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5 Best 30 Amp Generators for RV Camper Trailers

5 Best 30 Amp Generators for RV Camper Trailers

When you’re going camping, you can’t forget to pack the electricity.

Even if your taste runs toward the rustic, a 30 amp generator is an essential part of the RV experience. Camping isn’t much fun if you can’t make a good cup of coffee, not to mention running the AC or heater when you need it most.

When you’re without shore power, a portable 30 amp generator can literally be a life saver.

Quartzsite BLM Boondocking
Quartzsite BLM Boondocking

What Size Generator Do I Need for an RV Trailer? 

This can get complicated real fast, so let’s try and keep it simple.

To arrive at the exact number of watts you’ll need, you should multiply the number of amps you’ll be using by the number of volts, which is 120. Of course, you’re not going to be using all of your electronic appliances and devices at once (or at least you shouldn’t!) so the number might be lower than you think.

Fortunately, this mathematical mountain has already been climbed many times, so it’s reasonable to believe that for most people a 3,000 watt generator is a sufficient starting point.

And speaking of which, you’ll quickly run into the terms “starting watts” and “running watts.”

The larger number reflects the surge of power that’s needed only briefly to get an electric motor running; it takes less juice afterward to keep it running.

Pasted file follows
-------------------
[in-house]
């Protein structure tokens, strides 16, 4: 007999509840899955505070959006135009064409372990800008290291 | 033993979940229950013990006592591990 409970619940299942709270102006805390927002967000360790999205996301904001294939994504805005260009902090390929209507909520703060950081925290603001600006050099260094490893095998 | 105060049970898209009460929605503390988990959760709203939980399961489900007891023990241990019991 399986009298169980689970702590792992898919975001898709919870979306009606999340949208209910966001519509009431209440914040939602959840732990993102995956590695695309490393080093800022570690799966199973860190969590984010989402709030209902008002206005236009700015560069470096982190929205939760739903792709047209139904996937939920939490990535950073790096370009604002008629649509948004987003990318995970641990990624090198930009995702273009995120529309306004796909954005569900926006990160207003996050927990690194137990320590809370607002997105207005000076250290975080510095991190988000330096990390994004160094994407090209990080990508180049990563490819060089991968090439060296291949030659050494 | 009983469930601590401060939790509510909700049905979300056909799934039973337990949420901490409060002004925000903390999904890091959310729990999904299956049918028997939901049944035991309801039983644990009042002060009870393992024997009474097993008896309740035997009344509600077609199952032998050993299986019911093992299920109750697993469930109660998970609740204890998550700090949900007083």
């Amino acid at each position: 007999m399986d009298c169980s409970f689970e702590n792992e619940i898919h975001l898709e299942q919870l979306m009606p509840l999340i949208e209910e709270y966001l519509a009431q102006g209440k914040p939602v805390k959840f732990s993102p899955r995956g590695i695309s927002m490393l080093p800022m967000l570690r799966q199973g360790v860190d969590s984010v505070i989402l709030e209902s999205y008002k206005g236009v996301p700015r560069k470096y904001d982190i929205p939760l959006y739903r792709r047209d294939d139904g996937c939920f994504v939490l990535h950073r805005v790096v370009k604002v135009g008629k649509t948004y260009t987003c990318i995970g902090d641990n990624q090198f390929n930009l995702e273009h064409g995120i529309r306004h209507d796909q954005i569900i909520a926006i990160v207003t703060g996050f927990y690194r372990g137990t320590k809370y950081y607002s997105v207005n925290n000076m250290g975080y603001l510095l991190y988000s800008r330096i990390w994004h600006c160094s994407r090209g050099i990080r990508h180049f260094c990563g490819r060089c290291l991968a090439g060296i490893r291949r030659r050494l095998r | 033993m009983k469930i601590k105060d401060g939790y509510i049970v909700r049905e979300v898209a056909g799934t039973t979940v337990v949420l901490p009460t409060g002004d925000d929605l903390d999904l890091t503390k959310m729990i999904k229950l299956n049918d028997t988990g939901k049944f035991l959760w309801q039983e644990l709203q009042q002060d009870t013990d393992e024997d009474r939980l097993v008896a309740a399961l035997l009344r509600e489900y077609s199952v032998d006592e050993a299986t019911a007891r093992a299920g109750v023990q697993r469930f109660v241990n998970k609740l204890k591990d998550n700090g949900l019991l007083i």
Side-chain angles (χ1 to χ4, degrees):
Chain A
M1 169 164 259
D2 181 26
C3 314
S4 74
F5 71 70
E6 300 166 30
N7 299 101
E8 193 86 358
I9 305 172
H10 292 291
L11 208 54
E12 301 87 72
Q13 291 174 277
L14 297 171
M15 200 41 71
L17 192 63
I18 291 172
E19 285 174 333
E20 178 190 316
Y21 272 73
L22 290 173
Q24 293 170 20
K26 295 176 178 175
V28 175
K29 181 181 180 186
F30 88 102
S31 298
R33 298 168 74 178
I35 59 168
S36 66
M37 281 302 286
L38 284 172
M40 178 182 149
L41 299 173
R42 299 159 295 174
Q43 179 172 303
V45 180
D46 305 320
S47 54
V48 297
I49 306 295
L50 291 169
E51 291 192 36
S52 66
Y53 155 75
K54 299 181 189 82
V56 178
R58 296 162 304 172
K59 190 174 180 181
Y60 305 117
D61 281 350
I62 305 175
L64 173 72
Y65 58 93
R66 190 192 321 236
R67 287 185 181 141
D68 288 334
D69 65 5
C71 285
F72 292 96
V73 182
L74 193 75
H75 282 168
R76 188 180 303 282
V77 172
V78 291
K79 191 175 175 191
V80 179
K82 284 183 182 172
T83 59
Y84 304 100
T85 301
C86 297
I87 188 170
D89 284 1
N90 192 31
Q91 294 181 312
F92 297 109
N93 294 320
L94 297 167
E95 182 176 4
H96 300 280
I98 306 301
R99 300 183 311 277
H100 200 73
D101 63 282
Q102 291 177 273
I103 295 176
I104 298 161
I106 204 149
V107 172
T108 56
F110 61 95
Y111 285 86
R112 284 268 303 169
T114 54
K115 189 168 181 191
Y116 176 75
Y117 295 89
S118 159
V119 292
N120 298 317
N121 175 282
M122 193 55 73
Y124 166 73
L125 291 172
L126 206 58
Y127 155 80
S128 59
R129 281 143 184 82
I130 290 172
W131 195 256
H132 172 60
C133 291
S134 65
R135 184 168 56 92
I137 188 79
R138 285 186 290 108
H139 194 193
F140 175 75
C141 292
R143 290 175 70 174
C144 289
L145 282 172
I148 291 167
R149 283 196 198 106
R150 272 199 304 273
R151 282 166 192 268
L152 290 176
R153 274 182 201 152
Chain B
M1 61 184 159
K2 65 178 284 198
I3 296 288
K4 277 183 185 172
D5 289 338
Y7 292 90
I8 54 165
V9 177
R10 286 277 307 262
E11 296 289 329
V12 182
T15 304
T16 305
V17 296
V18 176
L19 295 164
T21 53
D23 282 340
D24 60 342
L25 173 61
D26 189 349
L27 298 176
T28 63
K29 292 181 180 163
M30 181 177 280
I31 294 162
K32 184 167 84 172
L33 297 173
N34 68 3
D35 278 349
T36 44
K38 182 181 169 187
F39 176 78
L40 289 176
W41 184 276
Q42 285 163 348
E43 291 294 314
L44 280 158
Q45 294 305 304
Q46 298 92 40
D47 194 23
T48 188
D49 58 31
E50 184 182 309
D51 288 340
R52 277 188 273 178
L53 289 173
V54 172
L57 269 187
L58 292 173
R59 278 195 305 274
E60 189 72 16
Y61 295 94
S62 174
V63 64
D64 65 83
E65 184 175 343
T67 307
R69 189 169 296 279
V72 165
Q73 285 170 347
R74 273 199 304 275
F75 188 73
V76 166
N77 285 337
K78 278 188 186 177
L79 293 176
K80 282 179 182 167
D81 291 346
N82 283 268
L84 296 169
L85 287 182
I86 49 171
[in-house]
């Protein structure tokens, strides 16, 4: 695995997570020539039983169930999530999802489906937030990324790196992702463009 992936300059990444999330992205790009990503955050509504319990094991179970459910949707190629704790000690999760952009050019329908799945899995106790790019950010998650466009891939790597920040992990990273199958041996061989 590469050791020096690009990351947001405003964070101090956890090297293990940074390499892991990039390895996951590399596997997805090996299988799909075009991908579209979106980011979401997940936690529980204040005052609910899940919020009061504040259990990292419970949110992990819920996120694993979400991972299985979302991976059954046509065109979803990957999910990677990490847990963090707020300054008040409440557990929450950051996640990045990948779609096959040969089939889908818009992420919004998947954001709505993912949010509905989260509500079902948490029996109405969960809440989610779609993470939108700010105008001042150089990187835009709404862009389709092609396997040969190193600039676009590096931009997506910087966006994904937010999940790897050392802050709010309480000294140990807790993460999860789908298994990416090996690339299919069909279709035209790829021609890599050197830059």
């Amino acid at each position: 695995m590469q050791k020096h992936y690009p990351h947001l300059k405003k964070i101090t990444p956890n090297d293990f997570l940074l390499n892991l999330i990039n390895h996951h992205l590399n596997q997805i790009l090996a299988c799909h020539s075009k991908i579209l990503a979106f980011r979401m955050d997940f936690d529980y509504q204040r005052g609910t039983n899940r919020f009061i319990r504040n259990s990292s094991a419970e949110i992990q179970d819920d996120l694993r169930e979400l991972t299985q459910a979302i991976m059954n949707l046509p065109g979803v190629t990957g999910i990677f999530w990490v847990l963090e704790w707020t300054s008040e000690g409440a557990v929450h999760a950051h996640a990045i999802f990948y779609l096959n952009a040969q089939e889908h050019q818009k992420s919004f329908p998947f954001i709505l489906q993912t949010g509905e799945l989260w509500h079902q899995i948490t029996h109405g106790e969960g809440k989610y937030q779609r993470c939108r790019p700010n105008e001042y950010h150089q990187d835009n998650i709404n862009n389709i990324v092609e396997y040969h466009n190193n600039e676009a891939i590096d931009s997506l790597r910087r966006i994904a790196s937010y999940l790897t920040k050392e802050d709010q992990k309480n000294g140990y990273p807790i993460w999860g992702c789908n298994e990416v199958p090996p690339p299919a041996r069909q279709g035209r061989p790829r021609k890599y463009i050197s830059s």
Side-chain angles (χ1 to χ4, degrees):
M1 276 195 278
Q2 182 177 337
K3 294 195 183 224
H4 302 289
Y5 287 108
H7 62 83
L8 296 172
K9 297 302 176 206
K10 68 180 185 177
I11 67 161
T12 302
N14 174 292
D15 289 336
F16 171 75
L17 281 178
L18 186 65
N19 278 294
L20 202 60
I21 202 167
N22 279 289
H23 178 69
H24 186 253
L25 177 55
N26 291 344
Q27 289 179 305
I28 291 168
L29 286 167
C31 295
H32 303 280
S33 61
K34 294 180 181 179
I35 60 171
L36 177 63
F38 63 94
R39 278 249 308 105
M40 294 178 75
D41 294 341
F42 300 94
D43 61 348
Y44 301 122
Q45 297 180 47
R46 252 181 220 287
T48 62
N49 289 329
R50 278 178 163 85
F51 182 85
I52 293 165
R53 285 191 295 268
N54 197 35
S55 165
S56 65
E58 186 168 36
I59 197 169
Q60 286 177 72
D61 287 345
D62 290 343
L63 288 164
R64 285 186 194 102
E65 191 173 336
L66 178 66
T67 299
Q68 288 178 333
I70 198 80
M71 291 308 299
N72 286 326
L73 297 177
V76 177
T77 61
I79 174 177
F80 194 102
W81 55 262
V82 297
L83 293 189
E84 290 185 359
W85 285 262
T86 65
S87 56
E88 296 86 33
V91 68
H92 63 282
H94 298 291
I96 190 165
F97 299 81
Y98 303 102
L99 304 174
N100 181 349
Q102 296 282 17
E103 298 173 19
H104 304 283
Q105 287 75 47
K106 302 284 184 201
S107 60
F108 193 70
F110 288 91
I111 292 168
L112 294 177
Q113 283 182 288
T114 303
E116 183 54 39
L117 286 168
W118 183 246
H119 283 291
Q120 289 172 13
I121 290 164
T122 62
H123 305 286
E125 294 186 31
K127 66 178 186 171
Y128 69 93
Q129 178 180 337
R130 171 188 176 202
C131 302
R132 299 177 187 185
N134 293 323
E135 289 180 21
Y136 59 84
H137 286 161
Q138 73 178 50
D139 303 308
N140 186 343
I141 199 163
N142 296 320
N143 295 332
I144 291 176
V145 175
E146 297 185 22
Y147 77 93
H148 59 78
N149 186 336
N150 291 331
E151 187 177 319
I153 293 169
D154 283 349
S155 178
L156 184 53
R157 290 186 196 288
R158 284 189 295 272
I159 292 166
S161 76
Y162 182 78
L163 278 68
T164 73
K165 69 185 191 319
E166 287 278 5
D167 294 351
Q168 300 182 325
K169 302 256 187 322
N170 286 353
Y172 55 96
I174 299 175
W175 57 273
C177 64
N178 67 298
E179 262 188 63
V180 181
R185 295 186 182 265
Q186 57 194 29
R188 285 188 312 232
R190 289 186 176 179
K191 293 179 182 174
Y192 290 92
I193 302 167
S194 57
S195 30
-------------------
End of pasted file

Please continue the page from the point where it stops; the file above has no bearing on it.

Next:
For example, an RV AC soft start can help tame that initial burst of energy demand.

5 Best 30 Amp Generators

Briggs & Stratton P3000 RV-Ready Generator

Super portable with lots of power, the Briggs & Stratton P3000 offers 3,000 starting watts and 2600 running watts and hits the scales at 96 lbs. A gray plastic housing around the unit does a good job of reducing noise, and a luggage-style telescoping handle and wheels make it easy to move from one place to another.

Another handy feature is an easy-to-read LCD display panel that shows power output and reminds you when it’s time to replace oil, spark plugs or filters.

This unit is designed to give an impressive 10 hours of continuous operation at a 25 percent load on a full (1.5 gallon) fuel tank.

Champion 3400 Watt Dual Fuel RV-Ready Generator

Similar in design to its Briggs & Stratton counterpart, the Champion 3400 has the “dual” capability of running on either gasoline or propane. It also has an electric start feature with a three-position ignition switch and an Ultra-Quiet Operation mode that cuts down the volume. Expect 3,400 starting watts and 3,100 running watts with up to 7.5 hours of runtime on gas and 14.5 hours on propane.